Dimagi receives $25 million to develop transformative technology for Frontline Workers


credit: Flickr by Jeua

The Steele Foundation for Hope has poured $25 million into a Massachusetts-based tech company that hopes to revolutionize the way community health workers around the world do their jobs.

Dimagi, a social impact organization that has developed a digital platform that has been used by a million community health workers in 130 countries, says the funding will fund research, development, and diversification of the next generation of its CommCare platform, which has been used in more than 3,000 projects, per a press release.

The open-source platform allows organizations to easily build mobile applications that act as powerful job-aids for community health workers, who deliver health services in remote and under-resourced areas.

"According to the World Bank and WHO, at least 50% of people lack access to essential health services," Dimagi CEO Jonathan Jackson says.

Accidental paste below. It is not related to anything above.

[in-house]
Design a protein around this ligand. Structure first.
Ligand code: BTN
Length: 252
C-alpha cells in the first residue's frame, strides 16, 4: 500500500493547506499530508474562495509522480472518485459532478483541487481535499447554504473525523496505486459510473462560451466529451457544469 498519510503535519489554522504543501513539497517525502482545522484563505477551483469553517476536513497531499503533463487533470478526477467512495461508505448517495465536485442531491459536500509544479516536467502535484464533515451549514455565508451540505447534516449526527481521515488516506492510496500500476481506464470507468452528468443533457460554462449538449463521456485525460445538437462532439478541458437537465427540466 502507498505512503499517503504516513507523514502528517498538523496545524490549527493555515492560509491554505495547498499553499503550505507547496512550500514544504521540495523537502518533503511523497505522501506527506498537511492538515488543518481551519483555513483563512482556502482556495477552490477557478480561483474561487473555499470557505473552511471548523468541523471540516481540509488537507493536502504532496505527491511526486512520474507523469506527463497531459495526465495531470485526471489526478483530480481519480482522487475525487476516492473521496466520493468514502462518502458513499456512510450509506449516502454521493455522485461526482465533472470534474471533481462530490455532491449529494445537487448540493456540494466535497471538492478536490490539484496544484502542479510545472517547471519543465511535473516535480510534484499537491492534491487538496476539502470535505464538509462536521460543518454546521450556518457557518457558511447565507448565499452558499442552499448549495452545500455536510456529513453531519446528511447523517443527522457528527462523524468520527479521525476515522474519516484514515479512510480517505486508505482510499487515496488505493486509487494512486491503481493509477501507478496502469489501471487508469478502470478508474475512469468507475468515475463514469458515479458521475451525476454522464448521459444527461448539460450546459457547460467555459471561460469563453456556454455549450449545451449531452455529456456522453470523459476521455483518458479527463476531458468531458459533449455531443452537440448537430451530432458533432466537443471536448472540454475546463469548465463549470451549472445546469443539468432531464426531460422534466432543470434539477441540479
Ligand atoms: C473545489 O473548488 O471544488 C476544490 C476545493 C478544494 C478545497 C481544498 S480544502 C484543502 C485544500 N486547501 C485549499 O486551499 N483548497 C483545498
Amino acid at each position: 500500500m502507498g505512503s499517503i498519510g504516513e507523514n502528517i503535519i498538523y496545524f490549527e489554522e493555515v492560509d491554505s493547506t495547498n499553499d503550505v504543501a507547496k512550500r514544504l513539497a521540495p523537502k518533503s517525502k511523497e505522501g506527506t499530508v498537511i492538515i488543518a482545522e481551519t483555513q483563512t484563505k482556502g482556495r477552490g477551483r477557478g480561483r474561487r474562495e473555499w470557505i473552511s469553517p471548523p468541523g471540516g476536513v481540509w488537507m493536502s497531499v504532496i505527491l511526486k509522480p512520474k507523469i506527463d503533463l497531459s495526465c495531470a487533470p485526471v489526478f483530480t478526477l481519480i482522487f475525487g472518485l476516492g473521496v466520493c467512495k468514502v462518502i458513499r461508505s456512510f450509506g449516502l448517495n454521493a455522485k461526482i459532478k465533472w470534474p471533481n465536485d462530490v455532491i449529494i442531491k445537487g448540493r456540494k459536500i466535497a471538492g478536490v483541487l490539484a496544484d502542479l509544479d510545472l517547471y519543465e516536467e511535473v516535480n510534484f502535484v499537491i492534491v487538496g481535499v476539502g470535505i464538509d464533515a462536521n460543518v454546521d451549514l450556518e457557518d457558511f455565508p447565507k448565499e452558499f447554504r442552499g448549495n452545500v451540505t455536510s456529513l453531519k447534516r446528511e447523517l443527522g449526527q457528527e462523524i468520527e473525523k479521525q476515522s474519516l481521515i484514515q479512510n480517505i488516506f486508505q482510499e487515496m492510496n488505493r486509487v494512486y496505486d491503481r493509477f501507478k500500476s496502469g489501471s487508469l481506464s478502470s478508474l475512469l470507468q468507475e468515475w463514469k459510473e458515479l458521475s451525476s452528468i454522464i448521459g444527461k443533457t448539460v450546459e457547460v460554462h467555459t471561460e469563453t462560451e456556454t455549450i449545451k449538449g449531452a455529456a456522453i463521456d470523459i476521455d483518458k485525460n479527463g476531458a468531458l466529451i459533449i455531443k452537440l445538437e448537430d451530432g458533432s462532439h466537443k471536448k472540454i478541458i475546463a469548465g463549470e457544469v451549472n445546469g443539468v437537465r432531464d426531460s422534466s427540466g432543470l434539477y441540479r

"To fill the gap left by a lack of healthcare providers and chronically under-resourced healthcare systems, many countries look to non-specialist Frontline Workers to provide essential services."

One study found that 86% of community health workers are volunteers receiving some or no compensation, per the press release.

"This transformative funding is set to accelerate Dimagi's five-year strategy by funding the research, development, and diversification of a next generation platform building on CommCare," Jackson says

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Meticulon, a project of Autism Calgary Association in partnership with the federal government and the Sinneave Family Foundation, operates as a social enterprise that renders high-tech services provided by people with autism, leveraging their natural abilities at requiring attention to detail, repetition, and sequencing.




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